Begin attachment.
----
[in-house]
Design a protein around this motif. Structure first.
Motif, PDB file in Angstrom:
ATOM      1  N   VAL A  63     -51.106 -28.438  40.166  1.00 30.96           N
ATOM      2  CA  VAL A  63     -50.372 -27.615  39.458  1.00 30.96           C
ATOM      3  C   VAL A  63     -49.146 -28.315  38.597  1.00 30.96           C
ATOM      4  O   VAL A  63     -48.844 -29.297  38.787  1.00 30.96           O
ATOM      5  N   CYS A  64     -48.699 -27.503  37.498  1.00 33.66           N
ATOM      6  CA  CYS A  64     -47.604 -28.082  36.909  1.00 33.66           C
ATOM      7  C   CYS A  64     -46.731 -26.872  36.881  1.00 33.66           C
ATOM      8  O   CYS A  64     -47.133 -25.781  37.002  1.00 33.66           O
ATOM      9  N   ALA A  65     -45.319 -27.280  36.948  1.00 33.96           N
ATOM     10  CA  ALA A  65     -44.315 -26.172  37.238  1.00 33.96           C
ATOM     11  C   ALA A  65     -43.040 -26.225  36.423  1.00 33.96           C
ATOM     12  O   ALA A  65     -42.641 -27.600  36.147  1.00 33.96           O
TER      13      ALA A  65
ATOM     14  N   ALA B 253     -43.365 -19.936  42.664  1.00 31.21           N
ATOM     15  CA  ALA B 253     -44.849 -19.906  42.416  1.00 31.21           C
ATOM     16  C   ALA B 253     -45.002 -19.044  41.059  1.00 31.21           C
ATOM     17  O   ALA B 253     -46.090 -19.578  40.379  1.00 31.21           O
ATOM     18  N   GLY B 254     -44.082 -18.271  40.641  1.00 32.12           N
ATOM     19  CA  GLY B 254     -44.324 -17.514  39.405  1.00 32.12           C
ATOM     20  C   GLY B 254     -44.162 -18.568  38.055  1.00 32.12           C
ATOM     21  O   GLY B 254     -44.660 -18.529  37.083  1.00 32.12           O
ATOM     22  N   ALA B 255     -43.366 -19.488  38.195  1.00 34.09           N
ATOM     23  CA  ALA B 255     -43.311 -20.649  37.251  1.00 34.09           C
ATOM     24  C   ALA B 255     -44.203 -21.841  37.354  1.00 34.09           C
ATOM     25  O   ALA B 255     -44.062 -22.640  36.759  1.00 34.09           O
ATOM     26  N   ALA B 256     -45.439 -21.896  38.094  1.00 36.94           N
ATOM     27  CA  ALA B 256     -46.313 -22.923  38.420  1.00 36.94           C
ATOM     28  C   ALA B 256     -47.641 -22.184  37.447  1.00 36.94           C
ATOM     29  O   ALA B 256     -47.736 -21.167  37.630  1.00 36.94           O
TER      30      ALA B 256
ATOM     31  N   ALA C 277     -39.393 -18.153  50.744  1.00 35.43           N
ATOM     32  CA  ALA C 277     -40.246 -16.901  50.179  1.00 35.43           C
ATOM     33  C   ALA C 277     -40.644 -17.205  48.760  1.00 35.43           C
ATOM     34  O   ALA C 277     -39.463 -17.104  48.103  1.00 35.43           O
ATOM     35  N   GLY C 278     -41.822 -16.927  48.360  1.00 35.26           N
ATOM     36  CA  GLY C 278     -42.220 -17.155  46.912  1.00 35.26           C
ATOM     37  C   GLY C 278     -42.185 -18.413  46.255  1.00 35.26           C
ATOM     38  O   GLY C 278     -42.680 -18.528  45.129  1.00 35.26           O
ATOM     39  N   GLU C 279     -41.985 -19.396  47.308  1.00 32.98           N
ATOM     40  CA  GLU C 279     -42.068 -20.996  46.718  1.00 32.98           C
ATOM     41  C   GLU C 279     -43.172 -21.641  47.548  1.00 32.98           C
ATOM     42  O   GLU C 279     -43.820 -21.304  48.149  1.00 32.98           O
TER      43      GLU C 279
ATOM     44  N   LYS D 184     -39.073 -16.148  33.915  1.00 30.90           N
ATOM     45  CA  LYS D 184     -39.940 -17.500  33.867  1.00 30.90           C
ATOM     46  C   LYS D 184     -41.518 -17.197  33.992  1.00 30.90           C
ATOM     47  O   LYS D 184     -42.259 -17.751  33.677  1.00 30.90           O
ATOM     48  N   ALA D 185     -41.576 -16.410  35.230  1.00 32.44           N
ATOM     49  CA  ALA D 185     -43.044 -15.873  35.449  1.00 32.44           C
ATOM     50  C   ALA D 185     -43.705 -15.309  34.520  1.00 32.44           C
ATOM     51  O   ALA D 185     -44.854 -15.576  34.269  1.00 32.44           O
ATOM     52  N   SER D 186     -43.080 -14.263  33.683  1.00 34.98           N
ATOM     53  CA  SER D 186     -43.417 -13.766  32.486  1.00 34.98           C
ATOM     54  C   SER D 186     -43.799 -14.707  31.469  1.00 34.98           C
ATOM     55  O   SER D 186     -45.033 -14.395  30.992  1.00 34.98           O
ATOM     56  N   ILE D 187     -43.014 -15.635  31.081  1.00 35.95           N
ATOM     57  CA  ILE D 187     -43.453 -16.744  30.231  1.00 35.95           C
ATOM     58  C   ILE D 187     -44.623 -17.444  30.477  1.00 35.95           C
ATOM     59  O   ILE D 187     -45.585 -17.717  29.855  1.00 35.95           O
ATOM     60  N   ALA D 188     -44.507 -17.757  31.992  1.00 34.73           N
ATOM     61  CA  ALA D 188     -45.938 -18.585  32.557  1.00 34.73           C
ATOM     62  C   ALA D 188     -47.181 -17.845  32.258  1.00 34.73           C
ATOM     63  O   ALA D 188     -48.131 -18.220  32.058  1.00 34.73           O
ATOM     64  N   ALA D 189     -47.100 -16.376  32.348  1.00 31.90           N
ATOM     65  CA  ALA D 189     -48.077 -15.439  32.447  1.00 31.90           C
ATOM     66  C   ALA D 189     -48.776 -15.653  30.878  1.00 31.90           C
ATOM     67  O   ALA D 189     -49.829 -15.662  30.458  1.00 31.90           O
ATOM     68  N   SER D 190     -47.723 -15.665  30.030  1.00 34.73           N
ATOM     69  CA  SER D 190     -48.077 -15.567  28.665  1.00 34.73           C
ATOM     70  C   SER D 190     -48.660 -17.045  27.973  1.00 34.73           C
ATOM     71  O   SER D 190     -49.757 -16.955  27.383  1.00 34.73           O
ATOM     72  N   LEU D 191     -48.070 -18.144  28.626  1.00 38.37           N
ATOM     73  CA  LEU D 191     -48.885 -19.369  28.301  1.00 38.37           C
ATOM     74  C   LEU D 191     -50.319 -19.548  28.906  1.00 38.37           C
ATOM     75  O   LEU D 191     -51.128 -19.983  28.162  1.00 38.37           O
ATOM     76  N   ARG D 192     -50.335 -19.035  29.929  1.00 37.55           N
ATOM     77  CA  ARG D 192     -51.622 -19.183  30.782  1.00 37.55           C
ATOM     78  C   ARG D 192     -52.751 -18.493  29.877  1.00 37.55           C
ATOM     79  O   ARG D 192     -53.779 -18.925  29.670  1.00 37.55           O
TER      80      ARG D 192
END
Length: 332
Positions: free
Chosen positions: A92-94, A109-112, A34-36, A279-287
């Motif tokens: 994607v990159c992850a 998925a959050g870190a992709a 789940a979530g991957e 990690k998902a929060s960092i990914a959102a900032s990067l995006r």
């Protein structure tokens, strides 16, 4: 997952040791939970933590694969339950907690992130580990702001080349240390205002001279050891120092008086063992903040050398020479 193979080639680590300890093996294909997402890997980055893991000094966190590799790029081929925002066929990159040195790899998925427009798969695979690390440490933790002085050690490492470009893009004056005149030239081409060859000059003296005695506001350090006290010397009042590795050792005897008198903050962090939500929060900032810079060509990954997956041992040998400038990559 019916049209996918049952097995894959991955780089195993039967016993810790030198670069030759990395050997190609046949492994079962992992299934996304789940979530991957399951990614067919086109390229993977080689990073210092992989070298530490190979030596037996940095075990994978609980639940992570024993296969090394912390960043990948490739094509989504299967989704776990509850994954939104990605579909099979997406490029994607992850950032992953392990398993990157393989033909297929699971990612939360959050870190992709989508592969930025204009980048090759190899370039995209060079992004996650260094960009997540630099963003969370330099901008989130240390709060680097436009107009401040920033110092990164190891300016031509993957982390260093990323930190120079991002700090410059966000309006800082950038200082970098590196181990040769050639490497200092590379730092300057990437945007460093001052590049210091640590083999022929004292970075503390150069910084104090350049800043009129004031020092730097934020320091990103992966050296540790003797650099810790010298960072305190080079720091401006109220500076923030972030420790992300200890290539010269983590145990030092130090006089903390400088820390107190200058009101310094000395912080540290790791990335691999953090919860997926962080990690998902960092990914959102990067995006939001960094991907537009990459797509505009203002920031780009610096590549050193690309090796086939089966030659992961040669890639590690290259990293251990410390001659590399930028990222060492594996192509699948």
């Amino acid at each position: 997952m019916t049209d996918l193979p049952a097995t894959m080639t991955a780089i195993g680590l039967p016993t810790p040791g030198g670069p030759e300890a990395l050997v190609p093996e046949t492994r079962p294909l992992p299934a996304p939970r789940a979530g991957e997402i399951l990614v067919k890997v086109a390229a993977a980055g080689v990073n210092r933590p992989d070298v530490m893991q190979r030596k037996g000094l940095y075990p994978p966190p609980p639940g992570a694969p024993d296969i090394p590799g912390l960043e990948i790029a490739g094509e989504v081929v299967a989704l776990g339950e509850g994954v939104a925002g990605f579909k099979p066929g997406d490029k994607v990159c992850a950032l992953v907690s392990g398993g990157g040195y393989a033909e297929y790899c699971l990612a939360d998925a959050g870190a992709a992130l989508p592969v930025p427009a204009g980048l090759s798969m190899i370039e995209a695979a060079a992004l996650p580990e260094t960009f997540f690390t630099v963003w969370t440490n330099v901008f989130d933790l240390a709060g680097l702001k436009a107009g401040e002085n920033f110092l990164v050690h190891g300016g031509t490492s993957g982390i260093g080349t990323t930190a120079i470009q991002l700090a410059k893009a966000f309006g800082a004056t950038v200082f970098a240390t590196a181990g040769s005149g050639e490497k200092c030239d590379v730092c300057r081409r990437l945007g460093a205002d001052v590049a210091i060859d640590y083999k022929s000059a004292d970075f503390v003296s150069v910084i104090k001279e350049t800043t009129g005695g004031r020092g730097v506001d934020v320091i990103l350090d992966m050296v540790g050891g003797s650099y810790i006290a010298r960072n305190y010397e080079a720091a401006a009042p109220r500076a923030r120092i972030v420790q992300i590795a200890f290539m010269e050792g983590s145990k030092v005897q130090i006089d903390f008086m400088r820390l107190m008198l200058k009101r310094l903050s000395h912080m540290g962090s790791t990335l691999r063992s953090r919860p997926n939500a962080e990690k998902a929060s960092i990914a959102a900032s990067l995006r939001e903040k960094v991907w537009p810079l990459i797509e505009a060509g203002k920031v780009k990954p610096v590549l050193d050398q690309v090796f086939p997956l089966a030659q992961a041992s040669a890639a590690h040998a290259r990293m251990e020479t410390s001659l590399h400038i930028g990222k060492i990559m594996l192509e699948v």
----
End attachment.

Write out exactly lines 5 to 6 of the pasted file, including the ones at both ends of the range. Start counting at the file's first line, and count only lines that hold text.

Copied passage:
ATOM      2  CA  VAL A  63     -50.372 -27.615  39.458  1.00 30.96           C
ATOM      3  C   VAL A  63     -49.146 -28.315  38.597  1.00 30.96           C